Talk:Arming Sword (5e Equipment)
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- It worked! (Unless you were actually trying to make a phonecall or something). Marasmusine (talk) 14:38, 28 October 2014 (MDT)
The image was broken, so I replaced it with a fresh link and image. Vobria
arming sword is a dnd longsword
Arming sword in dnd longsword. Bastard sword is european longsword. Thus arming sword is not needed, it only introduces more confusion.
This Does Not Need Balance
I don't know why the "needs balanced" stub was added. You should probably go back and check your PHB because the last time I checked a short sword does not have the 'versatile' property. This weapon is mechanically different from a shortsword and has a different price point, which makes it a distinct weapon in its entirety. If the halberd and glaive, which are mechanically identical, can exist as distinct weapons, then there's no reason why this can't. Vobria (talk) 00:43, 22 November 2018 (MST)
To be fair, historical arming swords couldn't be gripped with two hands anyway, given they were one handed swords.
- That may be generally true, though a one-handed sword could usually be gripped by the pommel if you were to somehow lose your shield. This would at least give you extra leverage in your swings. However, D&D hardly concerns itself with this level of realism in this context, given that a longsword also has the versatile property. Trying to one-hand a historically accurate longsword would make you virtually combat ineffective, whereas two-handing a one-handed sword would only be redundant at worst. Vobria (talk) 01:05, 22 November 2018 (MST)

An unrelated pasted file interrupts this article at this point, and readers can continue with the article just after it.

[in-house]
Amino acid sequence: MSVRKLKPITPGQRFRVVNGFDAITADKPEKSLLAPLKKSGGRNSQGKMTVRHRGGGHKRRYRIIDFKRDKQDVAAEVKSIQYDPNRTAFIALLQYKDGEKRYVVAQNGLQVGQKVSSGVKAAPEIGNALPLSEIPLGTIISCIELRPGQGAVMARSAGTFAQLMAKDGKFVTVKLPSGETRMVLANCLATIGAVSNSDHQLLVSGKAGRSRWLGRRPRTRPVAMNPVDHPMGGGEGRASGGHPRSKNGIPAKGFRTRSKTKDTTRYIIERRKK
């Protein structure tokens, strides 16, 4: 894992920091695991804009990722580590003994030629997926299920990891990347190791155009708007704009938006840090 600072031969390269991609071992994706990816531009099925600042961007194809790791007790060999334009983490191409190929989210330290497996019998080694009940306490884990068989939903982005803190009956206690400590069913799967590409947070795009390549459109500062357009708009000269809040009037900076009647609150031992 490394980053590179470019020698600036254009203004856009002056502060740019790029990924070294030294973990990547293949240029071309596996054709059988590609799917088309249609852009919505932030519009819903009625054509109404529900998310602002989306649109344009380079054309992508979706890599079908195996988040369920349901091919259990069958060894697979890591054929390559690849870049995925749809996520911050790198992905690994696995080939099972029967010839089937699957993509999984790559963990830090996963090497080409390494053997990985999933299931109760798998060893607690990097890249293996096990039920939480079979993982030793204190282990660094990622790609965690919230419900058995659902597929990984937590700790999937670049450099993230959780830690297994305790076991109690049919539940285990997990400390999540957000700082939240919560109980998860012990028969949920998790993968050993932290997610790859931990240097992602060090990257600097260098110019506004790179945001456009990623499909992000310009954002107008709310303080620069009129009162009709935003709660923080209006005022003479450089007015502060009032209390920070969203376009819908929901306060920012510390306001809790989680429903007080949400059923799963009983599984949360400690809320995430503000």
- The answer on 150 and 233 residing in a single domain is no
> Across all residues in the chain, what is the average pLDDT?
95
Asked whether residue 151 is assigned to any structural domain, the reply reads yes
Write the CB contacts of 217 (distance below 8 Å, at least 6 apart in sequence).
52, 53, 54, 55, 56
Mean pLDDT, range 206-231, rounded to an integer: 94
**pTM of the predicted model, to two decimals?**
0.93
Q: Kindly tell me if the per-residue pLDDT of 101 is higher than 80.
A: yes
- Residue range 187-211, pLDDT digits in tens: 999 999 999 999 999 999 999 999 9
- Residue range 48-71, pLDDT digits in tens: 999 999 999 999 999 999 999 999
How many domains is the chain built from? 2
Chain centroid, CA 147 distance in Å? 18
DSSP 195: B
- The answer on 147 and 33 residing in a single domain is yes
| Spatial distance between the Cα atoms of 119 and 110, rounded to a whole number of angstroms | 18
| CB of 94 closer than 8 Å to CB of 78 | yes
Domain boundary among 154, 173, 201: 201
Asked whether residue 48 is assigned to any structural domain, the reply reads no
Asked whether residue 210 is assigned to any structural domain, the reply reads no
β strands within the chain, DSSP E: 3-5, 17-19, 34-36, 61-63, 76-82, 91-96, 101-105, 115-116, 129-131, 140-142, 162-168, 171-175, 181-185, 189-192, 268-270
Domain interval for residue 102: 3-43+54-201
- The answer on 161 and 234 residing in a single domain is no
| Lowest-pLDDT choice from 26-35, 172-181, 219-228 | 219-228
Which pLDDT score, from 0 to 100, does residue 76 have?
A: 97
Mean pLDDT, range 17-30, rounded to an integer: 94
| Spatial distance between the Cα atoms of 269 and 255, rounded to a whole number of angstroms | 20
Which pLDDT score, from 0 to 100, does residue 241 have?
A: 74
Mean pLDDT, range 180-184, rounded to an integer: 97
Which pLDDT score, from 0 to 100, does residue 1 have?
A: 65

- Longswords were occasionally used in one hand when delivering a thrust because you can rotate your torso and thusly increase your range. I would have to disagree on adding leverage because your hands would be much too close together to add anything substantial. The reason a longsword gains additionaly force when you swing it is because your hands are far enough apart to actually work a lever effectively. It's like if you held a staff in the middle with your hands together, if you attempt to spin it out in front of you and suddenly change direction, it's much harder because you can't stop it's inertia because you have no leverage. Assuming you had a longer staff --to make up for the new space between your hands-- and spread your hands apart several inches, you could stop it much easier because you can work a lever far better. Also, I'm well aware realism isn't always a thing in D&D, but redundant (or inaccurate) weapons are abundant on this site and it's probably only going to get worse. PunnyDM12 (talk) 01:15, 22 November 2018 (MST)